Web Wizards: Use the Internet Like a Consumer, Not a BusinessNick Throlson
Let’s be honest for a moment: the internet is important to any business and if you don’t use it you’re losing potential customers. Whether you’re a brick and mortar store selling socks or a Michelin star restaurant, you have to use the internet for a variety of different things.
In the modern age, almost everyone has a smart device of some kind and everyone looks online for news and reviews about almost everything. People can search up a review of your restaurant, on the socks you produce, or the quality of the doormat in your office. As long as someone has been to your establishment, they’re eligible to write up a review of your business.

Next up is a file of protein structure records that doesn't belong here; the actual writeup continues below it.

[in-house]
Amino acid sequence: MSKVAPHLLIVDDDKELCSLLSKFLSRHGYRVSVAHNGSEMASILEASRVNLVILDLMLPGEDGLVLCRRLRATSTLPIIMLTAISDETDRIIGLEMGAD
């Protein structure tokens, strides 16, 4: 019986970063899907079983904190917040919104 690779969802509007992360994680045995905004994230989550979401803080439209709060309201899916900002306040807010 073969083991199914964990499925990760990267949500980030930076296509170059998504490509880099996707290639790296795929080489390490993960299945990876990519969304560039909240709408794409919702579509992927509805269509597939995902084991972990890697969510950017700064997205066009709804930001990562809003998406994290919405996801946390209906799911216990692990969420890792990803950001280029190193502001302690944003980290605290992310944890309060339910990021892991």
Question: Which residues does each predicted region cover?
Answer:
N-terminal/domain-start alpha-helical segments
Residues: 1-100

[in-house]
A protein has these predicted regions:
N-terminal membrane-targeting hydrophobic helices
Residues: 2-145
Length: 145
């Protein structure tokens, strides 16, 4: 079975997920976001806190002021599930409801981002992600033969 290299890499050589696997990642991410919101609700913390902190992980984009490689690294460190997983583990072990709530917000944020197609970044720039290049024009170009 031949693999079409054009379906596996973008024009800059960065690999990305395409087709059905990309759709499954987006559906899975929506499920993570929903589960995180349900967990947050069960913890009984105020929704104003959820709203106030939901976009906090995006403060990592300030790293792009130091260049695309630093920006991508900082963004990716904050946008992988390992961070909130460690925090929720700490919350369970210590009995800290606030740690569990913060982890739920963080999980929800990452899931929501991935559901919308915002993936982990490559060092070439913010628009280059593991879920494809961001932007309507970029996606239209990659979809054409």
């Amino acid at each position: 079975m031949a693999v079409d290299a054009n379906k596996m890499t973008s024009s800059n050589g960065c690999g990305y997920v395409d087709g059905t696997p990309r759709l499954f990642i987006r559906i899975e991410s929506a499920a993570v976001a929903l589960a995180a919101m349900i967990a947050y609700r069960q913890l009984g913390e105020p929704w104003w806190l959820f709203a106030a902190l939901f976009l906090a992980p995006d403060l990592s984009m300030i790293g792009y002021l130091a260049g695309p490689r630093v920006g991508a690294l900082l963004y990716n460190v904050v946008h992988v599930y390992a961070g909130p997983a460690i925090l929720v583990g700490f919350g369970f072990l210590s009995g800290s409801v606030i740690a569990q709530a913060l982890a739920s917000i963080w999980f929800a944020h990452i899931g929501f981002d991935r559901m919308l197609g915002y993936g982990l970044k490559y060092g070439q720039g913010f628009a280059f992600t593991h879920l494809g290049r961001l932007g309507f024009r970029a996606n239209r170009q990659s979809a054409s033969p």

Even if you don’t have a brick and mortar store, your services are no good to anyone if someone hasn’t taken a chance to use you. Just think about it—are you more likely to use a service with 1000 reviews, or buy from a company with 0 reviews and feedback? Unless you like to take a gamble, then you’re almost always going to go for the company with more feedback and reviews for safety reasons.
Be it advertising, taking bookings or delivering products across the world, your website serves as the digital front door to your business. If your entrance is filled with advertisements, shoddy writing, clashing colors and incoherent blabber, then your customers are going to turn tail and flee. However, if there’s a cozy environment, clear and concise writing, and complimentary colors that are easy on the eyes, then your consumers will remember your address and keep you on their list of competent businesses to interact with.